Dropping the AIPAC Spying Case

On August 4, 2005 American Israel Political Affairs Committee (AIPAC) operatives Steven J. Rosen and Keith Weissman were arrested on charges relating to espionage on behalf of Israel.

This had a lot to do with Iran. It followed the arrest in May 2004 of Larry Franklin, the Pentagon’s top Iran analyst by the FBI after he had been caught turning over secret documents (including ones pertaining to Iran) to Israeli Embassy staffers including Mossad Station Chief Naor Gilon.

(Franklin had worked in the Office of Special Plans under neocons Douglas Feith and Abram Shulsky and participated in the Rome meeting in December 2001 with Michael Ledeen that likely hatched the Niger uranium forged letters plot.) He was given a reduced sentence of 12 ½ years for cooperating with prosecutors in January 2006.

You might suppose that Israeli intelligence officers would have intimate access to U.S. intelligence without resorting to espionage.  According to retired Lt. Col. Karen Kwiatkowski, Israeli officials didn’t even need to sign in when visiting Feith’s Office of Special Plans in the Pentagon when she worked there in 2002.This whole affair is testimony to the extraordinary concern of the Jewish state with Iran, with knowing whatever the  U.S. knows about Iran’s nuclear program, and with influencing U.S. plans to “deal with” Iran.

Sometime after the Rosen-Weissman arrests Jane Harman had a telephone conversation with a “suspected Israeli agent” under NSA wiretap. The agent asked her, as a California Representative and member of the Intelligence Committee to use her influence to reduce the charges against the indicted men.  She agreed to “waddle in” to the matter, “if you think it would make a difference” but thought she might have more influence with an unnamed official at the White House.

This would be done in exchange for the Israeli agent arranging for an AIPAC fundraiser (widely identified as California billionaire Haim Saban) to put pressure on Nancy Pelosi, the California Democrat expected to become House speaker after the 2006 election, to select Harman as head of the Intelligence Committee.  Justice Department lawyers upon hearing the tape felt that they had caught the congresswoman in a “completed crime” demanding investigation.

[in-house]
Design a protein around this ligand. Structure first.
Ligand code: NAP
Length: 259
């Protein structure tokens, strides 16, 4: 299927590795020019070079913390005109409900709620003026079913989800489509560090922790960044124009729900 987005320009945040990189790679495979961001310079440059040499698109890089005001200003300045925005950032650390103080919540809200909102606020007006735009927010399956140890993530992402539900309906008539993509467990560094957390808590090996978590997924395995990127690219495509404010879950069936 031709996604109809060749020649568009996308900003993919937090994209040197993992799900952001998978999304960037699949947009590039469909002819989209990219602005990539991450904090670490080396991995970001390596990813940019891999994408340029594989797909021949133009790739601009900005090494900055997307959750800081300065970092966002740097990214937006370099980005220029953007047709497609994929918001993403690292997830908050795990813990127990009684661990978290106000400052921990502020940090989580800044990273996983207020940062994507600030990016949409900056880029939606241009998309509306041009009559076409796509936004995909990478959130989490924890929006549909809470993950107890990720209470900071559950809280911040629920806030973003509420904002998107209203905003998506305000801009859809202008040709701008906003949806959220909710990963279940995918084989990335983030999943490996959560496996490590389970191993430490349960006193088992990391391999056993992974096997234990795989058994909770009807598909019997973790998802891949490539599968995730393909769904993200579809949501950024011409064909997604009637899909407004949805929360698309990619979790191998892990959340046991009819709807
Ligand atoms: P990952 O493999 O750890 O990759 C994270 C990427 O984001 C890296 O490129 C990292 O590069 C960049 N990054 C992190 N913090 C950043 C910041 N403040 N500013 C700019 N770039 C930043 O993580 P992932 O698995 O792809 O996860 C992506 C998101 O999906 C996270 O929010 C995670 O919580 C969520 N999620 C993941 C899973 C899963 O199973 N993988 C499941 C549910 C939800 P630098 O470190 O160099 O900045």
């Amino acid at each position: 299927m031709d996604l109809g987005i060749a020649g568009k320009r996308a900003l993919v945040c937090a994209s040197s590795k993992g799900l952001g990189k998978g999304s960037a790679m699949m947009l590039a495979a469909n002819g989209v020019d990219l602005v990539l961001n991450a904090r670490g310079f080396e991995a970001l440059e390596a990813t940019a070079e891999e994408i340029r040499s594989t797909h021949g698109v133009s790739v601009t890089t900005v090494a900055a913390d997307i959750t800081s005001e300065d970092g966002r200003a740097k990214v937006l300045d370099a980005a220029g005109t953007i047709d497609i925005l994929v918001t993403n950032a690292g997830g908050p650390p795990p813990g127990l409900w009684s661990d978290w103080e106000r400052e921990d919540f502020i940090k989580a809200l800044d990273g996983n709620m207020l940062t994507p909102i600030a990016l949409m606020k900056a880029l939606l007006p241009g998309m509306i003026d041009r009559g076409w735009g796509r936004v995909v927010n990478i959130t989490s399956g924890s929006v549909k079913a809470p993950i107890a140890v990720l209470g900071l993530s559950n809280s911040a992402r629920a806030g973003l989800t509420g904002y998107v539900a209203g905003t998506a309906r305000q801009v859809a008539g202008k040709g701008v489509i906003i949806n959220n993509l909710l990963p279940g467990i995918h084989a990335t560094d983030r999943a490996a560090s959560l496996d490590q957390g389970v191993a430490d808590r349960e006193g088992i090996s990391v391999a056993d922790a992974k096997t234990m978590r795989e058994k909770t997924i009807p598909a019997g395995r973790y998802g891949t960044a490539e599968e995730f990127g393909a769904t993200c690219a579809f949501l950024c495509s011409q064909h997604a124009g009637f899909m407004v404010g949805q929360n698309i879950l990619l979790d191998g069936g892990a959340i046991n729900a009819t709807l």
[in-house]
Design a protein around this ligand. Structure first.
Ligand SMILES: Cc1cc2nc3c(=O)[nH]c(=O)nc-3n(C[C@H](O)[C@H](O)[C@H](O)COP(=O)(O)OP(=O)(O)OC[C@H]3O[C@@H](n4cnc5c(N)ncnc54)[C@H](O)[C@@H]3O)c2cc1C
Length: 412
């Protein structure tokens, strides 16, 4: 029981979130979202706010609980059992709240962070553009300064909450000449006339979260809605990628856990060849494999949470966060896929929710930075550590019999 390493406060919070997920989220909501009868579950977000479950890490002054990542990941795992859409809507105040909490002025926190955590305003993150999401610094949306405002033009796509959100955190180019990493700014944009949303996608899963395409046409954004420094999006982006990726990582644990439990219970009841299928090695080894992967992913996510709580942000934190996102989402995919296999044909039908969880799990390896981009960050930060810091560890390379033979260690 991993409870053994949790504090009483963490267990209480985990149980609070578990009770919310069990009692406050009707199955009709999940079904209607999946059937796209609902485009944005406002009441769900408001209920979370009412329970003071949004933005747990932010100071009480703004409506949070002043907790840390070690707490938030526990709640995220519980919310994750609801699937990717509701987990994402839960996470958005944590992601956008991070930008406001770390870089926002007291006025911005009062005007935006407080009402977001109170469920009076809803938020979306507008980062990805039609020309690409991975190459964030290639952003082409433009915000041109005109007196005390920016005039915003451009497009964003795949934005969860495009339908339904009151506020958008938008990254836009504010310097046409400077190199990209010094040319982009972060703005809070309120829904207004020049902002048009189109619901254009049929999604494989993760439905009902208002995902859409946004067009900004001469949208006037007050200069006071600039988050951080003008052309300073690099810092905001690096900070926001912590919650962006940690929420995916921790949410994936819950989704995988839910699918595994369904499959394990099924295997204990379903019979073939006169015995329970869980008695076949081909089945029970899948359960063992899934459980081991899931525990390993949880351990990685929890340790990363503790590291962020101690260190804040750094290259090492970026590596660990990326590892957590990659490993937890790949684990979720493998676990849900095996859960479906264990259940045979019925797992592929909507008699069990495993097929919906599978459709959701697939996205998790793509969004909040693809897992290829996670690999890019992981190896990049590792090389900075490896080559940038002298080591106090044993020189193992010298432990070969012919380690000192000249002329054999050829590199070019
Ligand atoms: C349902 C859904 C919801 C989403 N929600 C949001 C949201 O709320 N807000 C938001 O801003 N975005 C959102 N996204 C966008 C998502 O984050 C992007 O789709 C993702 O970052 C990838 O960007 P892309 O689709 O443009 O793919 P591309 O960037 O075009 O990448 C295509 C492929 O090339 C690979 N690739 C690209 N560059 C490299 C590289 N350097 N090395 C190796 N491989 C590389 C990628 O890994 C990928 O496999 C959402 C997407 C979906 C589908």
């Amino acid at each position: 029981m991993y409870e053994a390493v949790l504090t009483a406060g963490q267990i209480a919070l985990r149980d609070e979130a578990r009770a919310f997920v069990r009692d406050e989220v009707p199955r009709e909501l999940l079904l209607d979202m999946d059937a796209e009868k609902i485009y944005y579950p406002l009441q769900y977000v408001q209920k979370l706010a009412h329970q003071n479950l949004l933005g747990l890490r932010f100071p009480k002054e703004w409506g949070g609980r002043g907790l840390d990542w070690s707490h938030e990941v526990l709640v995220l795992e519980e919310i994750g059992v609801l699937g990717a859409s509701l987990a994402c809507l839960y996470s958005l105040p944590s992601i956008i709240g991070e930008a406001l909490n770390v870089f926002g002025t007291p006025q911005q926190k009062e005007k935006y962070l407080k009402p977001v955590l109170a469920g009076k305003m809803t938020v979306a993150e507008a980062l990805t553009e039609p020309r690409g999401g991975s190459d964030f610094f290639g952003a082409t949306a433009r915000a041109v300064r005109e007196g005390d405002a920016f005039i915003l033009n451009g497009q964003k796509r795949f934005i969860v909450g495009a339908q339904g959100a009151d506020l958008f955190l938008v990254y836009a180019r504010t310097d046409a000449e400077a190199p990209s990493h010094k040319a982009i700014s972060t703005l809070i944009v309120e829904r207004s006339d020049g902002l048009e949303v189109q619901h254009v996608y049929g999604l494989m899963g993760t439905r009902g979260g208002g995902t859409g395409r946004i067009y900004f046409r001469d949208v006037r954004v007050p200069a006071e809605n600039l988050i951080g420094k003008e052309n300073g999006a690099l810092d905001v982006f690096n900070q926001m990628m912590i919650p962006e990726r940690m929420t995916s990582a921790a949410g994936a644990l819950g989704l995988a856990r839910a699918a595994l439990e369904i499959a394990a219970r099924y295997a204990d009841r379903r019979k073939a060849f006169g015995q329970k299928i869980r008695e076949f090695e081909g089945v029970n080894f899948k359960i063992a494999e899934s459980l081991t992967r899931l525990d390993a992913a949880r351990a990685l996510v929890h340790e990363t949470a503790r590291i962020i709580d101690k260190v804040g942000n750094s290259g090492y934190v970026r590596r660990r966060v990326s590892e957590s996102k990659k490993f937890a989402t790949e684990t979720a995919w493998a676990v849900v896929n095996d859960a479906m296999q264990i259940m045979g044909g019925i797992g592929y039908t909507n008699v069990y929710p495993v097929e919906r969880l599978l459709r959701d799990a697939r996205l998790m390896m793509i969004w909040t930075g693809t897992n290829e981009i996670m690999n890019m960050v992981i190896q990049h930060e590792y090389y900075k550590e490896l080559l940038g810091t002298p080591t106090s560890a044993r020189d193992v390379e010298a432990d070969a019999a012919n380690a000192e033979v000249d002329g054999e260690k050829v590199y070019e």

The Congressional leadership including Pelosi was subsequently notified of the wiretap, although Harman only became aware of it last week. But Attorney General Alberto Gonzalez declined to even authorize such an investigation, because, according to Stein and others, the Bush administration appreciated her services to date in supporting the administration’s program of illegal surveillance and expected her to provide further services in future. (Okay, their reasoning apparently went, so she was wheeling and dealing politically with an Israeli agent. But she was helping them persuade the New York Times to sit on its story about their warrantless wiretapping of U.S. citizens. “We need Jane,” Gonzalez reportedly declared.)

So several years went by. “Blue Dog” Democrat Harman performed dutiful service to the Bush administration. In December 2005, Harman urged the Washington bureau chief of the New York Times to sit on a story about wireless wiretapping, and she was a consistent defender of the Iraq War. When the Democrats won the 2006 election, Pelosi, who had been informed about the wiretap of her colleague, declined to appoint Harman to the intelligence post.

Meanwhile the Rosen-Weissman trial was delayed by an appeals court ruling that allowed the defense to use classified information in proceedings and a lower-court judge’s decision ruling that prosecutors must show that the two men knew that the information they allegedly disclosed would harm the U.S. or aid a foreign government and that they knew what they were doing was illegal. And no doubt, behind the scenes, high-powered politicians were waddling in on behalf of Rosen and Weissman.

The Israel Lobby of which AIPAC is the highest expression suffered little damage from the arrests. It continued to muster huge congressional majorities for resolutions targeting Syria and Iran and supporting Israel, even at the height of the Gaza blitz. On the other hand, the political fortunes of the neoconservatives, as a faction within the Bush administration actively promoting “regime change” throughout Southwest Asia for the security interests of Israel, declined significantly during Bush’s second term.